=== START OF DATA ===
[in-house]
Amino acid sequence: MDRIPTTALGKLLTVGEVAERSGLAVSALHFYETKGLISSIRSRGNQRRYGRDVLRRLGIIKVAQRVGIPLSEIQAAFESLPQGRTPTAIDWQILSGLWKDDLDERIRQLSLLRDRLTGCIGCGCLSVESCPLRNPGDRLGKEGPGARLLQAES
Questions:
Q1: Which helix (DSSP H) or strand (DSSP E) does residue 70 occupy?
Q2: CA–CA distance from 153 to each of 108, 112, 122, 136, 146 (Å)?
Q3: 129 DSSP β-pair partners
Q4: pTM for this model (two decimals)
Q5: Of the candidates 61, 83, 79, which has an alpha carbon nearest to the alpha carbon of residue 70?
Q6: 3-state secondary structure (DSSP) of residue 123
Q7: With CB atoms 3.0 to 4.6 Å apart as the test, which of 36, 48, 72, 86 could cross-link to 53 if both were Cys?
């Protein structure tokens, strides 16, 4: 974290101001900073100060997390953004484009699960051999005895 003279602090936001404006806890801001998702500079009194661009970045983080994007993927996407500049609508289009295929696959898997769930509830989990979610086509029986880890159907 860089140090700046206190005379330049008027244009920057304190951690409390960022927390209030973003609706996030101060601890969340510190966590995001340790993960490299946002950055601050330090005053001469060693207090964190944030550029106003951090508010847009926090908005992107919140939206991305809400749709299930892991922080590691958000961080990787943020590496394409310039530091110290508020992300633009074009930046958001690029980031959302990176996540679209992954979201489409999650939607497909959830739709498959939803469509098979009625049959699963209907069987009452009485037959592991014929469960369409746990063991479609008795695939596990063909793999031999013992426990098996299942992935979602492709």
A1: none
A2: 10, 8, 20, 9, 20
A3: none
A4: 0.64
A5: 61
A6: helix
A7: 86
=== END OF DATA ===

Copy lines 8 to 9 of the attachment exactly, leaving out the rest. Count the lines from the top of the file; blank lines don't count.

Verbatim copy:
Q5: Of the candidates 61, 83, 79, which has an alpha carbon nearest to the alpha carbon of residue 70?
Q6: 3-state secondary structure (DSSP) of residue 123